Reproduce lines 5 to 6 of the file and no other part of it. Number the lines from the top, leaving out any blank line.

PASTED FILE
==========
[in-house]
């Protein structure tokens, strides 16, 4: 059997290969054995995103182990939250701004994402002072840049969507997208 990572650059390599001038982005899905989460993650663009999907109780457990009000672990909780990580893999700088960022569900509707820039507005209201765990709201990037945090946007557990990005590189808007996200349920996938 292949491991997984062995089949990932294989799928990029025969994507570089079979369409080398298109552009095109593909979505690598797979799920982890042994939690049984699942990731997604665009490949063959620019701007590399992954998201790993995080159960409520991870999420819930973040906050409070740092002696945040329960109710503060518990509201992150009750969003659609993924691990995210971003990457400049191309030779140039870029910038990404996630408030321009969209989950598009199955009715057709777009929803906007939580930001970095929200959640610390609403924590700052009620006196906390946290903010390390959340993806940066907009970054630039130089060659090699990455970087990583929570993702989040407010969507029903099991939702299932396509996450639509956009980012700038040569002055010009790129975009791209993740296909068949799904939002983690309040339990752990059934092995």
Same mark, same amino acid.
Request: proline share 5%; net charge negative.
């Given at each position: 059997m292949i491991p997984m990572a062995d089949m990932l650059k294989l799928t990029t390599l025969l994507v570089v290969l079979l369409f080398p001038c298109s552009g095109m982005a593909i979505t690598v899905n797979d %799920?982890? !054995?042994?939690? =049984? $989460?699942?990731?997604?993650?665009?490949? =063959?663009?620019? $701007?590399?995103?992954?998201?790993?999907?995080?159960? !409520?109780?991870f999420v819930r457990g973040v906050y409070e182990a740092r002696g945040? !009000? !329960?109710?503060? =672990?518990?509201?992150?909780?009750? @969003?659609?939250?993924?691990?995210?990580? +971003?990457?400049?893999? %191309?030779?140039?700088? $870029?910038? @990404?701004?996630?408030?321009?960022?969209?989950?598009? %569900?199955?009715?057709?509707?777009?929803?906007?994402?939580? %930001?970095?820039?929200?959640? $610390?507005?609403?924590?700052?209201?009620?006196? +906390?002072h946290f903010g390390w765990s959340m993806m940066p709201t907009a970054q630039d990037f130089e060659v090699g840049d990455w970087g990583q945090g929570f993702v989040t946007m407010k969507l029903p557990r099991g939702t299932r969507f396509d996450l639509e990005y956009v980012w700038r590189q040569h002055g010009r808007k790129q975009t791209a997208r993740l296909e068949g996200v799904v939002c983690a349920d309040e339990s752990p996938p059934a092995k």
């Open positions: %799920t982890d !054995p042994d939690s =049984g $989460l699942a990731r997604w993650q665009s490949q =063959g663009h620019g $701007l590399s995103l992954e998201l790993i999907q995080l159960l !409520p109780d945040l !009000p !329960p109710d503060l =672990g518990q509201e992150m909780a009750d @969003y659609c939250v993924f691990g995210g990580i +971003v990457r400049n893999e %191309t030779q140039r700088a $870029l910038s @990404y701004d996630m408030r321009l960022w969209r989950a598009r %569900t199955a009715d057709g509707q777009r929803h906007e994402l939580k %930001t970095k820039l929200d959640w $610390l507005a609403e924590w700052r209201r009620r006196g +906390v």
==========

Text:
């Given at each position: 059997m292949i491991p997984m990572a062995d089949m990932l650059k294989l799928t990029t390599l025969l994507v570089v290969l079979l369409f080398p001038c298109s552009g095109m982005a593909i979505t690598v899905n797979d %799920?982890? !054995?042994?939690? =049984? $989460?699942?990731?997604?993650?665009?490949? =063959?663009?620019? $701007?590399?995103?992954?998201?790993?999907?995080?159960? !409520?109780?991870f999420v819930r457990g973040v906050y409070e182990a740092r002696g945040? !009000? !329960?109710?503060? =672990?518990?509201?992150?909780?009750? @969003?659609?939250?993924?691990?995210?990580? +971003?990457?400049?893999? %191309?030779?140039?700088? $870029?910038? @990404?701004?996630?408030?321009?960022?969209?989950?598009? %569900?199955?009715?057709?509707?777009?929803?906007?994402?939580? %930001?970095?820039?929200?959640? $610390?507005?609403?924590?700052?209201?009620?006196? +906390?002072h946290f903010g390390w765990s959340m993806m940066p709201t907009a970054q630039d990037f130089e060659v090699g840049d990455w970087g990583q945090g929570f993702v989040t946007m407010k969507l029903p557990r099991g939702t299932r969507f396509d996450l639509e990005y956009v980012w700038r590189q040569h002055g010009r808007k790129q975009t791209a997208r993740l296909e068949g996200v799904v939002c983690a349920d309040e339990s752990p996938p059934a092995k």
């Open positions: %799920t982890d !054995p042994d939690s =049984g $989460l699942a990731r997604w993650q665009s490949q =063959g663009h620019g $701007l590399s995103l992954e998201l790993i999907q995080l159960l !409520p109780d945040l !009000p !329960p109710d503060l =672990g518990q509201e992150m909780a009750d @969003y659609c939250v993924f691990g995210g990580i +971003v990457r400049n893999e %191309t030779q140039r700088a $870029l910038s @990404y701004d996630m408030r321009l960022w969209r989950a598009r %569900t199955a009715d057709g509707q777009r929803h906007e994402l939580k %930001t970095k820039l929200d959640w $610390l507005a609403e924590w700052r209201r009620r006196g +906390v």